Example 7 Good and bad string crosses

Try anticipatory pre-planting using free stroke and then rest stroke on this exercise of notes in groups of 3. Example #8:

Example 8 Each note 3 times with anticipatory pre-planting

Now, practice groups of 3 notes with anticipatory pre-planting PLUS staccato. Learn the exercise with free stroke first, and then rest stroke. Example #9:

Example 9 Each note 3 times with anticipatory pre-planting plus staccato

Getting Bored Again?

As I pointed out in Part 1, if practicing nothing but open-string exercises starts to get on your nerves, you can certainly hold chords with the left hand for variety. Holding chords also has the benefit of varying the string tension to add a bit more reality to the exercises and thus improve the right-hand touch and control even more.

Once again, you could hold simple chords in first position. Example #10:

Example 10 Practicing with simple chords

Or, if you want to challenge your left hand, you could hold a few nasty "monster" bar chords! Example #11:

Example 11 Practicing with monster bar chords

Remember, be careful. Don't hold these chords too long and strain your hand. Also, remember the focus is supposed to be on the right hand. Don't get distracted by the left hand!

Summary

1. String crosses, string crossings, or string changes occur in almost every piece you play.

2. In order to maintain consistent tone quality and control, one must maintain a consistent hand position as one traverses the strings by moving the hand from the forearm. The guitarist may move the forearm from the shoulder (recommended) or from the elbow.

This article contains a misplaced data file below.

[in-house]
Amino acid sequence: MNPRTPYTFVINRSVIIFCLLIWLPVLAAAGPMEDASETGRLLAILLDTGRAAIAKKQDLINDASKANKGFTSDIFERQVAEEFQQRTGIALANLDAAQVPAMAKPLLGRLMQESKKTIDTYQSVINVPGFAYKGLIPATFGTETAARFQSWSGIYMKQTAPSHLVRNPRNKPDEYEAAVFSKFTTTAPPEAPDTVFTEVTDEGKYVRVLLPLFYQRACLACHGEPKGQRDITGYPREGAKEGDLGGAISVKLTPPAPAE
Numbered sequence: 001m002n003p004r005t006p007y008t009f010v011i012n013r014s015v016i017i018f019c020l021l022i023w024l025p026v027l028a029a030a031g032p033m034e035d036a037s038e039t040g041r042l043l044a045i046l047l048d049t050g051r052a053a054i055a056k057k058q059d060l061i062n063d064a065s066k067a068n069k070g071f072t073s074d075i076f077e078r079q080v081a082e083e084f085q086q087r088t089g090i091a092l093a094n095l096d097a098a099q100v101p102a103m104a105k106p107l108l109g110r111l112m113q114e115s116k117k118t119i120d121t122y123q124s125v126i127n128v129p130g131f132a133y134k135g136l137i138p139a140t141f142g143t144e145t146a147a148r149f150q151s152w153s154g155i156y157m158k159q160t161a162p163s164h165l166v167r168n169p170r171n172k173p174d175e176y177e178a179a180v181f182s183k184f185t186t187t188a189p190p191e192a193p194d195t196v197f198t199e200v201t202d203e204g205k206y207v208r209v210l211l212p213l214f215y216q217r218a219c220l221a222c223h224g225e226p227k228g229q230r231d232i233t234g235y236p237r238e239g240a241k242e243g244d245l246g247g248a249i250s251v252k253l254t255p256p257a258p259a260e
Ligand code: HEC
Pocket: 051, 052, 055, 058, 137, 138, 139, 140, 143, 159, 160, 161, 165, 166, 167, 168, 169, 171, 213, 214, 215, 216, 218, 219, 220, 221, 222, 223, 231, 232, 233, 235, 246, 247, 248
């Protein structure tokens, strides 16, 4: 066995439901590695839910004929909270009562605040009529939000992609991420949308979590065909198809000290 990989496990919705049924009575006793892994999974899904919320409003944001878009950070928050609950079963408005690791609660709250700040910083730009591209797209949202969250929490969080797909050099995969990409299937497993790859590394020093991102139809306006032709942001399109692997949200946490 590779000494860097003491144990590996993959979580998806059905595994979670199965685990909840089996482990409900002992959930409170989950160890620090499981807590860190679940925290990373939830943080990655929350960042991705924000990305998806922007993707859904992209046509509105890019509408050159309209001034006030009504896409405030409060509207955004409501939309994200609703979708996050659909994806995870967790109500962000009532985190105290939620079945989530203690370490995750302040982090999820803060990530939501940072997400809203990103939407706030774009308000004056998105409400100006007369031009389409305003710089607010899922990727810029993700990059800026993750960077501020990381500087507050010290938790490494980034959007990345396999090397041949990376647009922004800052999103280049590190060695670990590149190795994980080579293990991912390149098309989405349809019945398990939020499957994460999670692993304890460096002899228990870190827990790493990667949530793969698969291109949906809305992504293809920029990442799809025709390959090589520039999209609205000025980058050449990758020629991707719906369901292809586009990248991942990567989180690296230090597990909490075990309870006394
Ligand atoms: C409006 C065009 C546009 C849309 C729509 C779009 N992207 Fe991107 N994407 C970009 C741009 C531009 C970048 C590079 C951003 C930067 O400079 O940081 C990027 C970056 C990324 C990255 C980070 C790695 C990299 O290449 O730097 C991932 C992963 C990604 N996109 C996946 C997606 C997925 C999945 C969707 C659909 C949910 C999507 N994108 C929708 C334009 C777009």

3. The thumb may be planted on the guitar or the strings as needed to provide stability and act as a spatial reference point for the fingers.

4. The exercises in this article should be practiced with im, mi, ma, am, ia, and ai with both free stroke and rest stroke.

5. The exercises in this article are an excellent beginning to mastering string crossings. They will teach you the basic concepts and get you started on the correct path.

6. But ultimately, you will also need to extract specific passages from real pieces and practice them right-hand alone and both hands together for complete mastery.

Download

This is a download from Dropbox. NOTE: You do NOT need a Dropbox account and don't have to sign up for Dropbox to access the file.

1. Download a PDF of the article with links to the videos.

Download a PDF of How to Master String Crosses or String Crossings or String Changes, Part 2 of 2 (with links to the videos).


3. Download the individual videos. Click on the video you wish to download. After the Vimeo video review page opens, click on the down arrow in the upper right corner. You will be given a choice of five different resolutions/qualities/file sizes to download.

Download Video 1 Anticipatory Pre-Planting with Free Stroke.

Download Video 2 Right-Hand Staccato for String Crossing Exercises.

Download Video 3 Anticipatory Pre-Planting+Staccato FREE STROKE .

Download Video 4 Anticipatory Pre-Planting+Staccato REST STROKE .